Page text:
Kim Meets World

A blog raveled in randomness

Lessons from Childhood #1

The majority of my childhood memories are muzzled, but lessons taught through cartoons I had read or movies I had watched were subconsciously planted during those lost times. I took the time to reflect on what I learned from those ‘childish’ stories and what ideas became part of the present-me without the constantly growing-me knowing.

1. Timon and Pumbaa raising Simba

From 'Lion King'  (1994)

From ‘Lion King’ (1994)

Disney movies hold a big part of my childhood and the first movie of Lion King was no exception to this passage of growing-up. I had learned quite a lot of lessons from Walt Disney including never give up or believe in yourself with clear lines of what is evil and what is good. But these ideals were white washed as I tried to survive in high school. The lesson I still keep in heart is how Timon and Pumbaa raised Simba and the cub turned out fine.

If you do not know what I am getting at, I will articulate: two father figures has raised a kid and the kid turned out to be a wonderful brave cub. Yes. I support same-sex marriage and I think Timon and Pumbaa is a couple that can exemplify that if two adults are in their right hearts (want to raise a kid together) then the kid will grow like in any other married couples. Hakunamatata!

2. A black queen and a white king produces an ‘asian’ prince

From 'Cinderella' (1997)

From ‘Cinderella’ (1997)

Among my small group of friends, I realized that I do not have a strong notion of race. For example, I would take glimpses of my surrounding and in my eyes, people around me have an homogeneous identity. Though the skin colors are different, in my mind I believe that we have an international mind that makes us come from the same country called Earth. And I think I gained this perception because of a Cinderella movie in 1997 that starrs Whitney Houston as the fairy godmother. The strong image that pertains in my mind till today is the royal family.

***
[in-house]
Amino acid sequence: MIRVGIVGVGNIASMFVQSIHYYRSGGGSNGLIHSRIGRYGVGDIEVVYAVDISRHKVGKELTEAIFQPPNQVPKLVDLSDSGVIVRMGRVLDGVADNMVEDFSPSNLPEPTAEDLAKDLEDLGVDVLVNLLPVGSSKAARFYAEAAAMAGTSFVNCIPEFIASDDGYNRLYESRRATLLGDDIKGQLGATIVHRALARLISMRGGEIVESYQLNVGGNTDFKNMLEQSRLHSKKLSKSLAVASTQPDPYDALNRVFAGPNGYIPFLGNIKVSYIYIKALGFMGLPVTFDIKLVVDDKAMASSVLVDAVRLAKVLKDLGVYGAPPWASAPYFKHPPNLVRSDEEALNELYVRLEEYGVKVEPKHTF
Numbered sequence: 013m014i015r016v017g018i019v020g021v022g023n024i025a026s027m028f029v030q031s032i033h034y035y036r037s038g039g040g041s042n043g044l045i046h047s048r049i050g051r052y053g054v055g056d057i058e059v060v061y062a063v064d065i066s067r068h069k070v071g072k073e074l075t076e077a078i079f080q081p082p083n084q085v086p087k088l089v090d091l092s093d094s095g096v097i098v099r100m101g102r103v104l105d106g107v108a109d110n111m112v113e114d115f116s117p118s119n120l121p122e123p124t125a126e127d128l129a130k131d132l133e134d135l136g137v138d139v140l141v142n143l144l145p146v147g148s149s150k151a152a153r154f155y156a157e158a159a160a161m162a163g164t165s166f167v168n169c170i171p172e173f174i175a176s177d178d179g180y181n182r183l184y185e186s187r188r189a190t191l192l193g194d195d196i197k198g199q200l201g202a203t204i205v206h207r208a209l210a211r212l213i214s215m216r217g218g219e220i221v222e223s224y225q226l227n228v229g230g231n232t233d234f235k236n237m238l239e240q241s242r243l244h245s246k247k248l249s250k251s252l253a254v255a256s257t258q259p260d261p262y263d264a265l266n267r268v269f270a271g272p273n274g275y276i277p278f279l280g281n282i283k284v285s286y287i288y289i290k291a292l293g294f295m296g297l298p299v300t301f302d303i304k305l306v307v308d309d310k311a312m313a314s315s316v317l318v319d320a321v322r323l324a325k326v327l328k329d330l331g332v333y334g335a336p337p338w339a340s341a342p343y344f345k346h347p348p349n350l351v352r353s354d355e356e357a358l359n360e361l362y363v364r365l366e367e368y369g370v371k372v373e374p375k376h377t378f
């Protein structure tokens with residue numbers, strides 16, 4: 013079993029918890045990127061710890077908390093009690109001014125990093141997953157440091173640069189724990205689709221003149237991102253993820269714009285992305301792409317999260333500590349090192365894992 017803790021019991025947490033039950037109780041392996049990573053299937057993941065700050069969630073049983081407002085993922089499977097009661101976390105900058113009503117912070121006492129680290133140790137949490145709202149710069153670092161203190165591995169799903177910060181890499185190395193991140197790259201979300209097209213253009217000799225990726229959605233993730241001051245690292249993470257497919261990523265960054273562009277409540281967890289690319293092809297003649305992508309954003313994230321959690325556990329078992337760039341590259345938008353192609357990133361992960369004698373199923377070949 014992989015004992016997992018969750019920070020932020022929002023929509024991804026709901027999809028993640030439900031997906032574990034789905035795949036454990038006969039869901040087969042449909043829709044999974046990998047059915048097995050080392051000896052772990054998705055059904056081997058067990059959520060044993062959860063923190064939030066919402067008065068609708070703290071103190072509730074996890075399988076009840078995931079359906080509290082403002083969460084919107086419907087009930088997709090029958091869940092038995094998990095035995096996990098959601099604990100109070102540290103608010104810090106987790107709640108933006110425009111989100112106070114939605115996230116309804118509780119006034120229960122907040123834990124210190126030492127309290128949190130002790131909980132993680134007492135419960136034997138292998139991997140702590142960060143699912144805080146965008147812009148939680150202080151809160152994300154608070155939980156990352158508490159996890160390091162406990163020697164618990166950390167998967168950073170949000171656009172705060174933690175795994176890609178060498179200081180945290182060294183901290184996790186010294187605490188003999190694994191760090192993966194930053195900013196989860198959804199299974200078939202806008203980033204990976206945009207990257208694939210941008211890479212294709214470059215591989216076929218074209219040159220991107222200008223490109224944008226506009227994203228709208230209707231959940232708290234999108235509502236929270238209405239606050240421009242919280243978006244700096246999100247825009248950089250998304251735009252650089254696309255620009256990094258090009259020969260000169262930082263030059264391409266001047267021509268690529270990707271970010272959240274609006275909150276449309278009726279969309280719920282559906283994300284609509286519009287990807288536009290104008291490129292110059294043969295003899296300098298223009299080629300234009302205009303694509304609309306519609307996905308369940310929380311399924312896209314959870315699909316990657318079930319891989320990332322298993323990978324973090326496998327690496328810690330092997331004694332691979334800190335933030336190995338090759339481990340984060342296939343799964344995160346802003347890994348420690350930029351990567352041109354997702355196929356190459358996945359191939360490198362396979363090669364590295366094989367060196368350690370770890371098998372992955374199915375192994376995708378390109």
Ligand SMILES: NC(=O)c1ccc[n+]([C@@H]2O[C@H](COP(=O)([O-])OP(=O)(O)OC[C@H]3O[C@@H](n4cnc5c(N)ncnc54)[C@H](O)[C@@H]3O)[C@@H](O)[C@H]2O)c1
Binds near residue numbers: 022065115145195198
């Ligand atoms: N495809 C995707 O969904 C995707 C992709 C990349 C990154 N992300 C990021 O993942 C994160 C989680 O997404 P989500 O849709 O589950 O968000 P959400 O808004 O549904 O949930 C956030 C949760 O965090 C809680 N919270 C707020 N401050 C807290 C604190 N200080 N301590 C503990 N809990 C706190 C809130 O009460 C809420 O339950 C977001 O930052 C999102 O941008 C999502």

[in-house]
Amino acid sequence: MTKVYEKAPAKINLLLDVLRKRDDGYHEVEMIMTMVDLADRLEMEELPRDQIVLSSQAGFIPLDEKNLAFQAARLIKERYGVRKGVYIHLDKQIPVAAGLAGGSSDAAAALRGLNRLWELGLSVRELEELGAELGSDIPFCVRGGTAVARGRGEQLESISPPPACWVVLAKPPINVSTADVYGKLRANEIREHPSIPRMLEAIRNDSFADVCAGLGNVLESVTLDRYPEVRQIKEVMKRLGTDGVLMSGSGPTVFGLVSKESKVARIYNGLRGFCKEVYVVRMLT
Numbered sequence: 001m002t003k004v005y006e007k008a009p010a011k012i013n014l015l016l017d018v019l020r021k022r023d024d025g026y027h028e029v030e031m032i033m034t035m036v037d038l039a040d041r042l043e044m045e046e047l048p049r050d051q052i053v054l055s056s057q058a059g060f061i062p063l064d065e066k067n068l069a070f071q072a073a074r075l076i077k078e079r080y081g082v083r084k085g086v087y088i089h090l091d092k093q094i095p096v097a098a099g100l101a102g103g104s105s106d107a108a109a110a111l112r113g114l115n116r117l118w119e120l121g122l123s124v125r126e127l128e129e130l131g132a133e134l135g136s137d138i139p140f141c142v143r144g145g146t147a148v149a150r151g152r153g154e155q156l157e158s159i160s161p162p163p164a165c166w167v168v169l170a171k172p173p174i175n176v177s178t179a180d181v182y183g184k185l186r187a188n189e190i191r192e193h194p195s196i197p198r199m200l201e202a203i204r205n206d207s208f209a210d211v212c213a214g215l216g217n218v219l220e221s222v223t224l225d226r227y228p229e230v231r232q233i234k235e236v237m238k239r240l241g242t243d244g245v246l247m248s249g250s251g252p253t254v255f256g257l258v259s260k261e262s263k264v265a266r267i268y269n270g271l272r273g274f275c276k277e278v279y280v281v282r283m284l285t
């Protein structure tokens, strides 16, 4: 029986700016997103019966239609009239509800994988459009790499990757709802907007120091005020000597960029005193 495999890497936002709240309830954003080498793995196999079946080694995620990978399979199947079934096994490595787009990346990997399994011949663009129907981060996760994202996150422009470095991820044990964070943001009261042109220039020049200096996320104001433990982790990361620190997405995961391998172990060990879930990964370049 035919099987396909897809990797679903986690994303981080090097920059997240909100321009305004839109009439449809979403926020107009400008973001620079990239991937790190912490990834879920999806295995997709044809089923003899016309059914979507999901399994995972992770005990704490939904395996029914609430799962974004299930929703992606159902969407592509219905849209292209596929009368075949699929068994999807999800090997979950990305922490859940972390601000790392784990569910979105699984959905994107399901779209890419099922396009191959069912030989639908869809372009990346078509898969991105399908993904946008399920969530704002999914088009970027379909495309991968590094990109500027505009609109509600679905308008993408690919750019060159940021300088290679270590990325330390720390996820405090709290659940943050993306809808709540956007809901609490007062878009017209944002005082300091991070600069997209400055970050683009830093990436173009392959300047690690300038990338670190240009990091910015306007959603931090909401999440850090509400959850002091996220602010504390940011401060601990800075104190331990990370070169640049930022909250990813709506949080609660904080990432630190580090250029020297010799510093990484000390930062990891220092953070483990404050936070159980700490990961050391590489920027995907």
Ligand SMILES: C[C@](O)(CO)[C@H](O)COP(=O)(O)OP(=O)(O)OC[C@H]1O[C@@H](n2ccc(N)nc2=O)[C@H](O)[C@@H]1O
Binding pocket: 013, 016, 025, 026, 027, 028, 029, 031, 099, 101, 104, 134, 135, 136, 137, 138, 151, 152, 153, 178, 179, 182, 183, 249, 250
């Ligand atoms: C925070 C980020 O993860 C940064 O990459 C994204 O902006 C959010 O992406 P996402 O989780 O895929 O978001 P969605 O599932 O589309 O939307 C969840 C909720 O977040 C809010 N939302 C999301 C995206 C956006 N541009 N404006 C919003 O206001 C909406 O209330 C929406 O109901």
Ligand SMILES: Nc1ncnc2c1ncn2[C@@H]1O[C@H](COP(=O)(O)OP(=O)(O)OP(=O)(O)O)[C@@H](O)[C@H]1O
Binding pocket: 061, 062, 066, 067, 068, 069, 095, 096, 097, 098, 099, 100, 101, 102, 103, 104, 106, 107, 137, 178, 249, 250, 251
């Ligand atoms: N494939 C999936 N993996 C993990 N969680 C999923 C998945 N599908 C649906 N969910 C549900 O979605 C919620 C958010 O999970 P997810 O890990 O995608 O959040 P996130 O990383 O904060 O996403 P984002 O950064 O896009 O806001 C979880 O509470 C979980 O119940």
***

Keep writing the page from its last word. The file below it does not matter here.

The queen is played by Whoopi Goldberg (as you know an African American actress), the king is played by Victor Garber (white actor) and the prince by Paolo Montalban (Filipino-American actor). In this musical movie, the logic was that an Asian looking man was born between his African American mother and white father. I guess I took that logic when I was a child and buried it deep inside my brain. Remove the scientific facts of genetics, the royal family is a perfect family!

3. Imagination is not weird

'Calvin and Hobbes'

‘Calvin and Hobbes’

I read a lot of comic books including some manga when I was young, but I have to say Calvin and Hobbes are the most memorable characters for me when growing up. And I still believe that Hobbes was not an imaginary friend of Calvin. He was real. Real enough for his parents not to think of their son as ‘crazy’ or drag Calvin to a hospital to get better. Imagination is not crazy but real. Be creative because those imaginary worlds might help to escape the real world from time to time. Though an overdose of imaginary dimensions can cause disturbance to one’s mental balance, a well-harnessed yet very wild imagination is a healthy habit to take on!

Do you remember parts of your childhood memories that define who you are today?

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This entry was posted on April 15, 2013 by in Personal and tagged , , , , , , , , , , , , , .
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